There is no one single, universally accepted cause of inflation, and the modern economic theory describes three types of inflation: (1) Cost-push inflation is due to wage increases that cause businesses to raise prices to cover higher labor costs, which leads to demand for still higher wages (the wage-price spiral), (2) Demand-pull inflation results from increasing consumer demand financed by easier availability of credit; (3) Monetary inflation caused by the expansion in money supply (due to printing of more money by a government to cover its deficits).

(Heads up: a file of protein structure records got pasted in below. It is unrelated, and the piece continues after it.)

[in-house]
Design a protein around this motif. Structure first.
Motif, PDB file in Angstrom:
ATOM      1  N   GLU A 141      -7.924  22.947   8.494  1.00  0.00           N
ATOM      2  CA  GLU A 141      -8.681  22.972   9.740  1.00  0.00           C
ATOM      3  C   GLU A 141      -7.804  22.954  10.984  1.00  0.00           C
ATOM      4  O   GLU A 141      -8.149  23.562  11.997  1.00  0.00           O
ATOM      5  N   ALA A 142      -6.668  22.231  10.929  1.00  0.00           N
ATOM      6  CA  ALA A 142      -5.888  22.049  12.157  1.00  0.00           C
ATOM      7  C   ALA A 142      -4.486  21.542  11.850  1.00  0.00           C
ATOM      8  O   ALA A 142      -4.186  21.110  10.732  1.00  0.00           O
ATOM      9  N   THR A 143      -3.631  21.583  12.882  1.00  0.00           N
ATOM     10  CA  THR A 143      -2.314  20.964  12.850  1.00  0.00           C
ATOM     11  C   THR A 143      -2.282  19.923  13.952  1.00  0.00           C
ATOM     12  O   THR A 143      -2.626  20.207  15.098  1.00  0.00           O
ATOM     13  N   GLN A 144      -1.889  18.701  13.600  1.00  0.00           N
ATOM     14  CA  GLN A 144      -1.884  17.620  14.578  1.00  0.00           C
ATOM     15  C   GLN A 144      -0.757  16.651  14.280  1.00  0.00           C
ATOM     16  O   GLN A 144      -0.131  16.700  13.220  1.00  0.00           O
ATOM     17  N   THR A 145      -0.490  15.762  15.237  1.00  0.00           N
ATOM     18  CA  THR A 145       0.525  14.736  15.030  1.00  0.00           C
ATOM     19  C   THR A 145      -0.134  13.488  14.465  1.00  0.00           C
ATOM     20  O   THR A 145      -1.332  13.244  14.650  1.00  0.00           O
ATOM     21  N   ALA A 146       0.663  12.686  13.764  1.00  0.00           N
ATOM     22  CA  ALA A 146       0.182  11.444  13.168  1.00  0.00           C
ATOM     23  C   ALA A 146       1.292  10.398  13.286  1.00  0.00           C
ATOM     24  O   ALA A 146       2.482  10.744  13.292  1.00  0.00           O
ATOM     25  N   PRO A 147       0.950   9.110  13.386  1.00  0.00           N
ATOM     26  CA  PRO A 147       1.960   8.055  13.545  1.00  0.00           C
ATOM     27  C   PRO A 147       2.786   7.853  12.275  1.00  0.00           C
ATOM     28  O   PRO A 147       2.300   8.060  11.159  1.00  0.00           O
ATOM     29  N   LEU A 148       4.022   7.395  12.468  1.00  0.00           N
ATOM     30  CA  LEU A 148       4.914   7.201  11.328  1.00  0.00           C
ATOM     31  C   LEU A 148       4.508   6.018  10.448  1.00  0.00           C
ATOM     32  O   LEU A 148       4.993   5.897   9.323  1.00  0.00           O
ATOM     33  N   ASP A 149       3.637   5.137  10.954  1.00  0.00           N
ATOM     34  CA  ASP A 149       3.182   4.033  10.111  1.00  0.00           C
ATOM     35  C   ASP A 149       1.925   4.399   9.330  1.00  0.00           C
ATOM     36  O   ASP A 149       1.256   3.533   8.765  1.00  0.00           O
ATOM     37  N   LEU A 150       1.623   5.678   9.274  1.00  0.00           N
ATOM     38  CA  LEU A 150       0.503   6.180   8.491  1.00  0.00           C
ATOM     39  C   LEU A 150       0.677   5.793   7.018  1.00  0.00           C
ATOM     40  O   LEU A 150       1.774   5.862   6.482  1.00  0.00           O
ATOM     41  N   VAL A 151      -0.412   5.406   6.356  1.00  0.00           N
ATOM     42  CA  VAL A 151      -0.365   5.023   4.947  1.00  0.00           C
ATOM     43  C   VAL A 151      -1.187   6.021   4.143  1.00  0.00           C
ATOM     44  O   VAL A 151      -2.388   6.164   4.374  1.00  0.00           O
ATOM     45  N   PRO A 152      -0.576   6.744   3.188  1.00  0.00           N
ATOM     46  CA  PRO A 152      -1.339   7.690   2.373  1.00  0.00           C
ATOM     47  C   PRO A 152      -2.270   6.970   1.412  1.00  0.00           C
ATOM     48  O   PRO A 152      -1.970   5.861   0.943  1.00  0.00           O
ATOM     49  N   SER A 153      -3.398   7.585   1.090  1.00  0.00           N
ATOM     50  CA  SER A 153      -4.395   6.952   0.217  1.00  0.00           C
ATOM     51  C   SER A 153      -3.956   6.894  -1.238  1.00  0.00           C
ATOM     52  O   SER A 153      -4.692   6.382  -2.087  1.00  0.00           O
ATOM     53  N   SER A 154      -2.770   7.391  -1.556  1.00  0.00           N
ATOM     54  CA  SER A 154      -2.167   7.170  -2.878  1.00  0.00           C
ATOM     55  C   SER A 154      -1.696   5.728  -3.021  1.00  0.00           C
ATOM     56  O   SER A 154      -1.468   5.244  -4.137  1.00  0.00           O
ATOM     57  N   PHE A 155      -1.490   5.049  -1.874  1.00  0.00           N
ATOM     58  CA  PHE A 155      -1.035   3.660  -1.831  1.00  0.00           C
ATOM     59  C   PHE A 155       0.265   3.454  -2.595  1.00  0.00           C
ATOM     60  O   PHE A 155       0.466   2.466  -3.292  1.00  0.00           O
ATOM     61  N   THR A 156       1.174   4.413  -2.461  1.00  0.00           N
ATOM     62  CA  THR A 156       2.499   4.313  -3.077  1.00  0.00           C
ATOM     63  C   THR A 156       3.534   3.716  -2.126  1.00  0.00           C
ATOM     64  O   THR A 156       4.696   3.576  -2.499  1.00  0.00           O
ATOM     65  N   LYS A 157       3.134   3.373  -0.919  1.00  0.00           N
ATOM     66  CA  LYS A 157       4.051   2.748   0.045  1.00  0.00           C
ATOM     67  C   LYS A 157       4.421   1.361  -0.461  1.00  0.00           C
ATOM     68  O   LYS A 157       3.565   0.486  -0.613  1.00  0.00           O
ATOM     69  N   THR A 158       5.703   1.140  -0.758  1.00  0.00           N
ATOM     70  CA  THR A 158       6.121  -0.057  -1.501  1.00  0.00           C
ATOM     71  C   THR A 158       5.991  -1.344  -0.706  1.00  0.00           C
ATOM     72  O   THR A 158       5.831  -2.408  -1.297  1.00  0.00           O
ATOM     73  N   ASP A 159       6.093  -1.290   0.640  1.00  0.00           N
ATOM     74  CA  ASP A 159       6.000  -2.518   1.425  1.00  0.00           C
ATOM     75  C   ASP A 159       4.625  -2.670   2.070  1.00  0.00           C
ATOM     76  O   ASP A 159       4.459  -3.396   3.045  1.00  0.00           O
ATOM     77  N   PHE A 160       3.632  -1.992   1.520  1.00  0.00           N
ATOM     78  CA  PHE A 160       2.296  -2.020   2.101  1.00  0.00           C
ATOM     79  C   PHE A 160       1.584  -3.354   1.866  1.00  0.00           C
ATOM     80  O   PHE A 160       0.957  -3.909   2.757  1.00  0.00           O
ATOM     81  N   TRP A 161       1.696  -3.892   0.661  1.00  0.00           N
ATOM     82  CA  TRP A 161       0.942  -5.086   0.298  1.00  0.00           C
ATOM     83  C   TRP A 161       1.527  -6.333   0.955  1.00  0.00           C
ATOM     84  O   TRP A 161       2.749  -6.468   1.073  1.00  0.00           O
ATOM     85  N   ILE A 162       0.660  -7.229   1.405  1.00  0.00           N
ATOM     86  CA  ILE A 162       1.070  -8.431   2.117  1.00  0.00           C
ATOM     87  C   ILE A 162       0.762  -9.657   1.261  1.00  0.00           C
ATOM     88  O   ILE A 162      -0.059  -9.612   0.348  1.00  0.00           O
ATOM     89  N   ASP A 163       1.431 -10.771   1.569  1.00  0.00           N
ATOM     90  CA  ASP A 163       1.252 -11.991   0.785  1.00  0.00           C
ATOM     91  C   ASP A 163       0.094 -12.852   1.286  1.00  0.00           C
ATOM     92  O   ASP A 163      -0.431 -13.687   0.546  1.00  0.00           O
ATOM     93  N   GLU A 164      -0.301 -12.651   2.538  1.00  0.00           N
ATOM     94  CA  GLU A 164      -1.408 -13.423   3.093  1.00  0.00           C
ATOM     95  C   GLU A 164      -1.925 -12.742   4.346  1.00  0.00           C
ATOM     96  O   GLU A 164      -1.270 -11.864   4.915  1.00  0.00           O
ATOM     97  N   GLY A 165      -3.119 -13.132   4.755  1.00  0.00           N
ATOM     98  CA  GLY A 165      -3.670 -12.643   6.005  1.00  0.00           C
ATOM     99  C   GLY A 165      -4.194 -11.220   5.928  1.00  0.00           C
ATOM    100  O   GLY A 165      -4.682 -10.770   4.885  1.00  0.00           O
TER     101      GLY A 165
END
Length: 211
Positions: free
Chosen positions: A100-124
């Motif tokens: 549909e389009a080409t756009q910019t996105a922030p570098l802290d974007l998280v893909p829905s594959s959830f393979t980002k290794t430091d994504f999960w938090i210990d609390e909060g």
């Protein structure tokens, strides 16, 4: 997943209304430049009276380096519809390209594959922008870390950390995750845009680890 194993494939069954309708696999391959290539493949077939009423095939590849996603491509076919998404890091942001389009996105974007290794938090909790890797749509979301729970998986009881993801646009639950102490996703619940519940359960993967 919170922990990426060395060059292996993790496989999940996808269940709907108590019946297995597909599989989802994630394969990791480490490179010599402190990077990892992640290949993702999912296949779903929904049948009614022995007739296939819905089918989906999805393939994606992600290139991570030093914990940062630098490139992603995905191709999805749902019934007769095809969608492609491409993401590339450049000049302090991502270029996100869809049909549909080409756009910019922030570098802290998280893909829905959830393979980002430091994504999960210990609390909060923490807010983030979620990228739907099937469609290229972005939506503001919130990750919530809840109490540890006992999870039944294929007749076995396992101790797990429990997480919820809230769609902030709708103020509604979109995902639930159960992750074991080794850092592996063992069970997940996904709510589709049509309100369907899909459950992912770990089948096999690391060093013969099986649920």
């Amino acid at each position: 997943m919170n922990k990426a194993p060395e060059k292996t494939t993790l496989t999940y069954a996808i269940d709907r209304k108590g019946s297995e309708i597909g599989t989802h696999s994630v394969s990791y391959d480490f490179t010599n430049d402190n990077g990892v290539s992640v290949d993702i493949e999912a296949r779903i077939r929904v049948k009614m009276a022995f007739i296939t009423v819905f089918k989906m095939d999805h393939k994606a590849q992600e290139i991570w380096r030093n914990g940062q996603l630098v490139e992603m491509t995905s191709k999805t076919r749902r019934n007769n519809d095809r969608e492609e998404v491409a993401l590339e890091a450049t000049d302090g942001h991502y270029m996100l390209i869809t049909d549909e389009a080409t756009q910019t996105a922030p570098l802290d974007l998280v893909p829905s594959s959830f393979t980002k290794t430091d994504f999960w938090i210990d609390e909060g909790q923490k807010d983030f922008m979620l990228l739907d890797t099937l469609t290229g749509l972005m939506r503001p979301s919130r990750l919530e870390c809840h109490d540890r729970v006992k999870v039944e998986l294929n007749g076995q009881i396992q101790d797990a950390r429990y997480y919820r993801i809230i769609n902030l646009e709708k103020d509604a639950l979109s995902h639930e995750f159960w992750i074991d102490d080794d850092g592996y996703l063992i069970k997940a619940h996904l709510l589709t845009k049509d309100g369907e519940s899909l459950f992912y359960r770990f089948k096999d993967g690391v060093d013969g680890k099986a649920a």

Most of us don't stop to think about it, but the value of a dollar is always changing. It swings up and down with the financial fortunes of the United States. Sometimes a dollar is worth more than others, and sometimes it seems like a dollar is worth nearly nothing. The differences in the value of a dollar from one point to another are caused by inflation and deflation.Inflation
When a dollar buys less than you would expect it to, we call that inflation. Inflation is caused by a variety of factors, but most of them are related to interest and debt. When the Federal Reserve bank raises interest rates, it causes the dollar to inflate. There is more money in the system, so every dollar is worth just a little bit less.Deflation